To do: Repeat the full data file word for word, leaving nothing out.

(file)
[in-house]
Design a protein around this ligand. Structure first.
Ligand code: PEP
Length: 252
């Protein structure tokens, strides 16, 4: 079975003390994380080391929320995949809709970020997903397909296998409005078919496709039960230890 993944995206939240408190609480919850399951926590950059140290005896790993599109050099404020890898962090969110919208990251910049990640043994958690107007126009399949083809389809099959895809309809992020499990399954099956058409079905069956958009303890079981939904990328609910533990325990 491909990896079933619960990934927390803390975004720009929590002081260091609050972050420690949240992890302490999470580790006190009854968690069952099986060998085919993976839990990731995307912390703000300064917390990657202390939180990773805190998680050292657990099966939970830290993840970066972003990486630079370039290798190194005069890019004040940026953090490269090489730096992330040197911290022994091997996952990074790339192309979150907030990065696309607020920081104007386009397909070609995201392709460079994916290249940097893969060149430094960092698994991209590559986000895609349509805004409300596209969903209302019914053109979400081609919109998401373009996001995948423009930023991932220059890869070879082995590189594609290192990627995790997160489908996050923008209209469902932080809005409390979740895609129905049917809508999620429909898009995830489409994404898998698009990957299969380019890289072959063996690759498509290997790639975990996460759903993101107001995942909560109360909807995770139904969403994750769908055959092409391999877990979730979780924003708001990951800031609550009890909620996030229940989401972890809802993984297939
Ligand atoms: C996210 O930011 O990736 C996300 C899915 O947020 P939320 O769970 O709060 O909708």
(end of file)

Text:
[in-house]
Design a protein around this ligand. Structure first.
Ligand code: PEP
Length: 252
């Protein structure tokens, strides 16, 4: 079975003390994380080391929320995949809709970020997903397909296998409005078919496709039960230890 993944995206939240408190609480919850399951926590950059140290005896790993599109050099404020890898962090969110919208990251910049990640043994958690107007126009399949083809389809099959895809309809992020499990399954099956058409079905069956958009303890079981939904990328609910533990325990 491909990896079933619960990934927390803390975004720009929590002081260091609050972050420690949240992890302490999470580790006190009854968690069952099986060998085919993976839990990731995307912390703000300064917390990657202390939180990773805190998680050292657990099966939970830290993840970066972003990486630079370039290798190194005069890019004040940026953090490269090489730096992330040197911290022994091997996952990074790339192309979150907030990065696309607020920081104007386009397909070609995201392709460079994916290249940097893969060149430094960092698994991209590559986000895609349509805004409300596209969903209302019914053109979400081609919109998401373009996001995948423009930023991932220059890869070879082995590189594609290192990627995790997160489908996050923008209209469902932080809005409390979740895609129905049917809508999620429909898009995830489409994404898998698009990957299969380019890289072959063996690759498509290997790639975990996460759903993101107001995942909560109360909807995770139904969403994750769908055959092409391999877990979730979780924003708001990951800031609550009890909620996030229940989401972890809802993984297939
Ligand atoms: C996210 O930011 O990736 C996300 C899915 O947020 P939320 O769970 O709060 O909708």